The mainstream media used fake maths to scare us about the extra cost of modernising the NHS

The NHS does not need £2,000 from every UK household to survive because the country’s progressive taxation system means poorer people would pay less.

That’s the argument in the Guardian piece quoted below.

The mainstream media outlets that suggested a flat-rate increase in tax of £2,000 per household failed to take account of the fact.

It’s fake news. And scaremongering.

In fact, it doesn’t even address the other possibilities that don’t require any extra taxation at all.

Yet again, the Tories’ complicit news media are doing their work for them – asking us to believe a lie, that the NHS needs us to pay much more in order to survive in its current form.

That supports the Tory narrative that private corporations could provide a more cost-effective service. If they try to suggest that to you, they will be lying.

But the intention is to expose the public only to information that leads us in the direction the Tories want us to go.

That’s why this article is so valuable. It shows us the methodology behind Tory politics.

Knowing that, we can expose this and other attempts at legerdemain.

The IFS calculated its “average” figures by taking the total amount it calculated the NHS would need and dividing it by the number of households in the country. That’s certainly one way of doing it – it’s not wrong per se – but in terms of informing people about the actual impact on their own finances, it’s very misleading. We have progressive taxation in this country: not every household gets an equally sized bill. Could you pay more if the government chose to cover the cost of social care through a bump in income tax? Sure, but for the vast majority of the country it would be a few hundred pounds.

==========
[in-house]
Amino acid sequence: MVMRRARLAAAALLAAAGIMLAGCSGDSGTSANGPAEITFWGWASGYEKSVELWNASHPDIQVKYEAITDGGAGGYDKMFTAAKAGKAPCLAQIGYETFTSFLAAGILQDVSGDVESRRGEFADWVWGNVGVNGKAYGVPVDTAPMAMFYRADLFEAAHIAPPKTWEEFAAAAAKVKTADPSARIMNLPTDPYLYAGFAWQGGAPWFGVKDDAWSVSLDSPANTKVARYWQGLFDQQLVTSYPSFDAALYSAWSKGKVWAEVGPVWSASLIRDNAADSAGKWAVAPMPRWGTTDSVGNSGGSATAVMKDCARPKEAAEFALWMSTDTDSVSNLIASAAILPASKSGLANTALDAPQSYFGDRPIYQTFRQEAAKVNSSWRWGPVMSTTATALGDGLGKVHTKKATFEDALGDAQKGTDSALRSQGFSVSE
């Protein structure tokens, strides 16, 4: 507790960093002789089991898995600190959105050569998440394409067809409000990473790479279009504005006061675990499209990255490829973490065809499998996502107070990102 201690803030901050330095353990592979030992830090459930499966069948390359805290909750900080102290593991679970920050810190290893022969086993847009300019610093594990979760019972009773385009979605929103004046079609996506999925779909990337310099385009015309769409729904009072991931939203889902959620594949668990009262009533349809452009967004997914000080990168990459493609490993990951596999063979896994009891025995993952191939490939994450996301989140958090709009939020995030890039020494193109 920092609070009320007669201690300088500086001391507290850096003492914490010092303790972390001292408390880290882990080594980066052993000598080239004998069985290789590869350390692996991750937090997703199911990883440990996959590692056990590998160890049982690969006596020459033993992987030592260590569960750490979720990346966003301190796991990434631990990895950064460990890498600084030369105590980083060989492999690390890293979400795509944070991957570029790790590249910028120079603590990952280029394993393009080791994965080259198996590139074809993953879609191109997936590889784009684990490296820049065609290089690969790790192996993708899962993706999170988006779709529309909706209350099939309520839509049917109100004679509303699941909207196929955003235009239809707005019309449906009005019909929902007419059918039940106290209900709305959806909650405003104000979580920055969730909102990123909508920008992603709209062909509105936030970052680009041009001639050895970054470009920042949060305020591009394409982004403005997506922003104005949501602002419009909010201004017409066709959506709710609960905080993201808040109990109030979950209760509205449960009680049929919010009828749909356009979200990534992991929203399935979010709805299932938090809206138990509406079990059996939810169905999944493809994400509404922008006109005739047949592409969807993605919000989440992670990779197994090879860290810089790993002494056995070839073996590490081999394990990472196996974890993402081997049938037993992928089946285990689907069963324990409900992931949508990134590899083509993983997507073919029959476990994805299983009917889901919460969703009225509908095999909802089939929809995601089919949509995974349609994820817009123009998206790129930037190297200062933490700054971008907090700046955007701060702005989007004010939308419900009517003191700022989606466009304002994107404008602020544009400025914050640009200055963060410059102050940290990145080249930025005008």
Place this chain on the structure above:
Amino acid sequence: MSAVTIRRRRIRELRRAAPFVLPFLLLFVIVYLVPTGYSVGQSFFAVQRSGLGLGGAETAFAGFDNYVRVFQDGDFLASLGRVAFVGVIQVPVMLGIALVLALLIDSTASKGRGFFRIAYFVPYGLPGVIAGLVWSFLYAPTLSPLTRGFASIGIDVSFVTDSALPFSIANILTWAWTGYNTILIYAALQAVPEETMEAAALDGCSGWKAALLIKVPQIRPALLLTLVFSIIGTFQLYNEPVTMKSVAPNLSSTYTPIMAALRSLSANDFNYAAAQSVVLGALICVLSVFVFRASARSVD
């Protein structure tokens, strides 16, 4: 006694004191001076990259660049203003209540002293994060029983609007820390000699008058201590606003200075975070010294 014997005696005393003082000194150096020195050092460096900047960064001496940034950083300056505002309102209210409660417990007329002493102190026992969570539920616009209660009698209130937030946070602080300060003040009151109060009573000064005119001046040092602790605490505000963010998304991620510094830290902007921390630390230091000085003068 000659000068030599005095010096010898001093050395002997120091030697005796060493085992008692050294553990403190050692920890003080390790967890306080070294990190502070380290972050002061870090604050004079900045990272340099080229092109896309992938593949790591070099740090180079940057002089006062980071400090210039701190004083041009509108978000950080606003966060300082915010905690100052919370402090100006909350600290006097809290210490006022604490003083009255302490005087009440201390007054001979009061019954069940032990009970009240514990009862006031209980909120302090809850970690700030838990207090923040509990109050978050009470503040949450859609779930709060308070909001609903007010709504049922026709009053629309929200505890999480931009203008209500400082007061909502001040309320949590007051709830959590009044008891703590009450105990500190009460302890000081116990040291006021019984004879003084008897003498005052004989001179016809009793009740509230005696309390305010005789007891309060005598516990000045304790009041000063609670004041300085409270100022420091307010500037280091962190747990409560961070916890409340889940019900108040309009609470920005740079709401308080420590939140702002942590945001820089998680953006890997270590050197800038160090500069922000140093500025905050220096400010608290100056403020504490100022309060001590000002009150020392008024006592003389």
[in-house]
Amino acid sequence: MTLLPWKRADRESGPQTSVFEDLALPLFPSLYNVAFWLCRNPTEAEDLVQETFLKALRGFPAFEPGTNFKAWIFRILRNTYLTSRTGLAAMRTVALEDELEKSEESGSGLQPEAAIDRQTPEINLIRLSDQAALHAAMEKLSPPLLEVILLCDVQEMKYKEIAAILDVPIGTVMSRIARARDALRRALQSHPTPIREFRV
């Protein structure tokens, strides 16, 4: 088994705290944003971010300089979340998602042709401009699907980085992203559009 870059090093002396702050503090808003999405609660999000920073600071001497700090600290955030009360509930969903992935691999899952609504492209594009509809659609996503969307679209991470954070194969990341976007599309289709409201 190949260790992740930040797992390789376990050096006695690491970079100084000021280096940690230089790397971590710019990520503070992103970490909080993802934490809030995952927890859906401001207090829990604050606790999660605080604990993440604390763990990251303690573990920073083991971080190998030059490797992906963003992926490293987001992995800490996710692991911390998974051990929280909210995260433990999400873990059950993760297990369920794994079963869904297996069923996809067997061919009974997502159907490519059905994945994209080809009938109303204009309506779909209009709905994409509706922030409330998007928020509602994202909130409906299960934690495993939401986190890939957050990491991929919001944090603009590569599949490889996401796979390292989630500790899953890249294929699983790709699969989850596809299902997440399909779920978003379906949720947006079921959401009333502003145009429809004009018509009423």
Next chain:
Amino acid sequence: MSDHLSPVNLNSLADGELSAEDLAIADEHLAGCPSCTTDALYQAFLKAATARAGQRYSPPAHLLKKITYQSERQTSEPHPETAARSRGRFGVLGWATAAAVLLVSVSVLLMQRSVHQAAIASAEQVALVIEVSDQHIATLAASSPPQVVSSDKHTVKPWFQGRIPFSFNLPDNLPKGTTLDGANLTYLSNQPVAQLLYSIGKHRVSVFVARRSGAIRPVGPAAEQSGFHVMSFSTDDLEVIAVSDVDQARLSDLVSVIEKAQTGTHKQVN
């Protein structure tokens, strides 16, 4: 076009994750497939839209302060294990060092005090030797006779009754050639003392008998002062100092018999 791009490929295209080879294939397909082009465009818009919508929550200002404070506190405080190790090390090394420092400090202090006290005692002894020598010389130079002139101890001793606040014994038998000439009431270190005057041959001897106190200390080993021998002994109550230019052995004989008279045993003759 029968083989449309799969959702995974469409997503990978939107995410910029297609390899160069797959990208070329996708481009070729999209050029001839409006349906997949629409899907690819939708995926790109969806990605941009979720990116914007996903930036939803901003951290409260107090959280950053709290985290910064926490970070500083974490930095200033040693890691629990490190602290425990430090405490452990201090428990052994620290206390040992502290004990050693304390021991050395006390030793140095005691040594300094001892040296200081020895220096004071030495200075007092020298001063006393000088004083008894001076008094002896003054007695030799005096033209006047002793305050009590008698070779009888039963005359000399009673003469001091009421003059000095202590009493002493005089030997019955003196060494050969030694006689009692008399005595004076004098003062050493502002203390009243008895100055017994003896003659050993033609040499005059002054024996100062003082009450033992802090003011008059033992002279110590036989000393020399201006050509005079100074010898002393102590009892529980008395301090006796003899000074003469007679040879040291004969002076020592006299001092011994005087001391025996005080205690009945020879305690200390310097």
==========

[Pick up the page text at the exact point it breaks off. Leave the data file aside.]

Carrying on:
That’s without engaging with the underlying assumption that a bump in income tax is the way the government will choose to go. Some people have argued that, since the last couple of decades have seen wealth accumulate disproportionately at the very top, government should tax wealth rather than income. Alternatively, researchers have shown that health spending is one of the best ways to stimulate the economy, so the government could opt against tax increases in the short term and instead let healthcare spending act as a fiscal stimulus, at least until purchasing power had increased.

Source: The NHS doesn’t need £2,000 from each household to survive. It’s fake maths | Phil McDuff | Opinion | The Guardian

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9 thoughts on “The mainstream media used fake maths to scare us about the extra cost of modernising the NHS

  1. the ramblings of a deluded mind

    hmmm tax the rich? .. those same rich that were made richer by the nazis and squirrelled it away in a tax haven elsewhere in the world? .. i have a feeling the nazis would not do such a thing. it would be like biting the hand that feeds you. nah they will make it look like the working, and those not able to or just too ill to work, will have to shoulder the burden of a huge tax hike at the low end, while they keep making tax cuts to their wealthy mates who bung them a few million for the party coffers.